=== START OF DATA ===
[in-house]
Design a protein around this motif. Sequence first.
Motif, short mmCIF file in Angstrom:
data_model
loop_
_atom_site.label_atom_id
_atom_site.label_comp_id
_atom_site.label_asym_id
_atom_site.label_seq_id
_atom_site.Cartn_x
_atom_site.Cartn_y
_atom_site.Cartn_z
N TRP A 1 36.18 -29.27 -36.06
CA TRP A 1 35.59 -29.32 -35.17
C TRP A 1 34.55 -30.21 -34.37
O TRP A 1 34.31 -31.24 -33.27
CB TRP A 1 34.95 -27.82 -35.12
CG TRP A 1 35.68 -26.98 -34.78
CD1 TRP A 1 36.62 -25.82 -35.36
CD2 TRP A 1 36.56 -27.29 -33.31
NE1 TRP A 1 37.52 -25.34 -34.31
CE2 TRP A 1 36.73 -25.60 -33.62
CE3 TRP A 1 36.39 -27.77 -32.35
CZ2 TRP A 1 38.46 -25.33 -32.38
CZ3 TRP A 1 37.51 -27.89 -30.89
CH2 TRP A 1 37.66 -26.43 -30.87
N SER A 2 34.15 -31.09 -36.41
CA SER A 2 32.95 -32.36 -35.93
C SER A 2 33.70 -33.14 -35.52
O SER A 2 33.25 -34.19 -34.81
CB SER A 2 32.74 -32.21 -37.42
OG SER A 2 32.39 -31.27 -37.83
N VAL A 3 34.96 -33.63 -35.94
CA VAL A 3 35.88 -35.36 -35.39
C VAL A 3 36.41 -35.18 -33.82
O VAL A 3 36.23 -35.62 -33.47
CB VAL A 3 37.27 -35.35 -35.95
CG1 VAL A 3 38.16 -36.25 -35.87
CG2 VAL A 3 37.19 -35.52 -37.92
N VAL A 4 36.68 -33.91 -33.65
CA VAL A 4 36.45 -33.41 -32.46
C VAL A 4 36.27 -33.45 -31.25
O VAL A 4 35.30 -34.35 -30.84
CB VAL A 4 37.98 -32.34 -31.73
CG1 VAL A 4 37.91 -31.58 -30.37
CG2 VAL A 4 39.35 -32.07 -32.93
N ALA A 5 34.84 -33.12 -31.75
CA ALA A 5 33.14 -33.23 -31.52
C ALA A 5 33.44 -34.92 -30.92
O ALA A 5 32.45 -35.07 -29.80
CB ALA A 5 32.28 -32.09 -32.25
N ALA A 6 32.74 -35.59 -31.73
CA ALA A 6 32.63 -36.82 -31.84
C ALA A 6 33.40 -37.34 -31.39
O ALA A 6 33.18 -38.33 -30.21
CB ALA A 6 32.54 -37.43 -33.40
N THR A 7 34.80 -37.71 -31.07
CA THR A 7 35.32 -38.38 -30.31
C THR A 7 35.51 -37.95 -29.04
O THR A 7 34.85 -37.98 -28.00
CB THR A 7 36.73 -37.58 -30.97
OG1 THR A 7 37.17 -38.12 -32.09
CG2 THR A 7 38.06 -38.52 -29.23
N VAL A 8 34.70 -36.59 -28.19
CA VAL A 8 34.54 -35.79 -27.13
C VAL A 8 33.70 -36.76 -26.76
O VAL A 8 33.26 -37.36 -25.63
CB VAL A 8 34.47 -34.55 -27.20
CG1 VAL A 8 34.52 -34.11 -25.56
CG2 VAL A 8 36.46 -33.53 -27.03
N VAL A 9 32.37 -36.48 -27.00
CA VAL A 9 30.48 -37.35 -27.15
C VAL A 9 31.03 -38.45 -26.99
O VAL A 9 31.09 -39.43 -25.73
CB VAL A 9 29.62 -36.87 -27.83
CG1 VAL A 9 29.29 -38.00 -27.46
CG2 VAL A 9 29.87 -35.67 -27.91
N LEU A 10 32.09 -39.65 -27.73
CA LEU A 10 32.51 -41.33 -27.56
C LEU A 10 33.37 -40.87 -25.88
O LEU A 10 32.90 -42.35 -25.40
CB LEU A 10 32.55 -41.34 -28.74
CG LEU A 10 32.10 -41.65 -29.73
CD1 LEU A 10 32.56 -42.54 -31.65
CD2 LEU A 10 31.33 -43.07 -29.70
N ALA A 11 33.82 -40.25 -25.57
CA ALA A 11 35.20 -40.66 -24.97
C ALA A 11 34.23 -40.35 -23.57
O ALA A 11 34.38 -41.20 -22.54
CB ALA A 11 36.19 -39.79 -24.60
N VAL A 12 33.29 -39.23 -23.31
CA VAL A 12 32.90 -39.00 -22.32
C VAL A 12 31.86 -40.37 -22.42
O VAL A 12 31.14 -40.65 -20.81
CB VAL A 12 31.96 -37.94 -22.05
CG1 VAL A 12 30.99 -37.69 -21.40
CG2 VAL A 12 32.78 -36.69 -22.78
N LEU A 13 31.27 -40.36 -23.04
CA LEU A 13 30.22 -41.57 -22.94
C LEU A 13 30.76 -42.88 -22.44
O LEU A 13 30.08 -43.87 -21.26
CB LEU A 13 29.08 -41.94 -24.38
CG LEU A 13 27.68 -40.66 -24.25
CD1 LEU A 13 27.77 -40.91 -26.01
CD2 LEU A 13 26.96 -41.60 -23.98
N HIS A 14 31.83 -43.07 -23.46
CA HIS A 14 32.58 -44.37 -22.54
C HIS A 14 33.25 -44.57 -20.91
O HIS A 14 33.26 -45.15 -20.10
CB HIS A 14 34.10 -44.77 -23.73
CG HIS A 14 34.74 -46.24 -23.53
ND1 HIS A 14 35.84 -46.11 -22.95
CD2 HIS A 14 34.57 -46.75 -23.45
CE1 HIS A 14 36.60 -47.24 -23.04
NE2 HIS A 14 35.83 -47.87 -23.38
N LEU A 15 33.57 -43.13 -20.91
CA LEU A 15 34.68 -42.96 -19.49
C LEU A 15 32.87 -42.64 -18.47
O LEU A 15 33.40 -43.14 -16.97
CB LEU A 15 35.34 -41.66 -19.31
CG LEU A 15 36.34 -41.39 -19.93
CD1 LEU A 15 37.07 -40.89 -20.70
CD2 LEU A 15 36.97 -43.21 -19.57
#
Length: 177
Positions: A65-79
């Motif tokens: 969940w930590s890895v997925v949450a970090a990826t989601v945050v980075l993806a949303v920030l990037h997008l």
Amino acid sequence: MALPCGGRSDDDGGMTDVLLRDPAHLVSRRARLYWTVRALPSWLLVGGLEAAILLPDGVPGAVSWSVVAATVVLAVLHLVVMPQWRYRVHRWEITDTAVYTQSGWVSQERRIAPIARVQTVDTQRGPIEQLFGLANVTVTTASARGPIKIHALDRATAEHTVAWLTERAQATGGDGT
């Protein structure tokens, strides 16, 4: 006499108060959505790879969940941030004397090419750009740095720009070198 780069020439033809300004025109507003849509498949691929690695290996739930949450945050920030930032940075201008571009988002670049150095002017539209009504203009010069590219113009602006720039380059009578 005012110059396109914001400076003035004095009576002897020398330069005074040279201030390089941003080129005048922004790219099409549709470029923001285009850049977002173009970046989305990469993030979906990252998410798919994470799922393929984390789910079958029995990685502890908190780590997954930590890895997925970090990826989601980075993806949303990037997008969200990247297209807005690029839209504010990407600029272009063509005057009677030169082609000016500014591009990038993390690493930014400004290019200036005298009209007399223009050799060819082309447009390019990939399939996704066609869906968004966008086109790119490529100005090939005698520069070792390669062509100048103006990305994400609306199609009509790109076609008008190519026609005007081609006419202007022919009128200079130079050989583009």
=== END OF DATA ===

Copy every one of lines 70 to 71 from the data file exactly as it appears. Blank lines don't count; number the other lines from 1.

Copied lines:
CG2 VAL A 8 36.46 -33.53 -27.03
N VAL A 9 32.37 -36.48 -27.00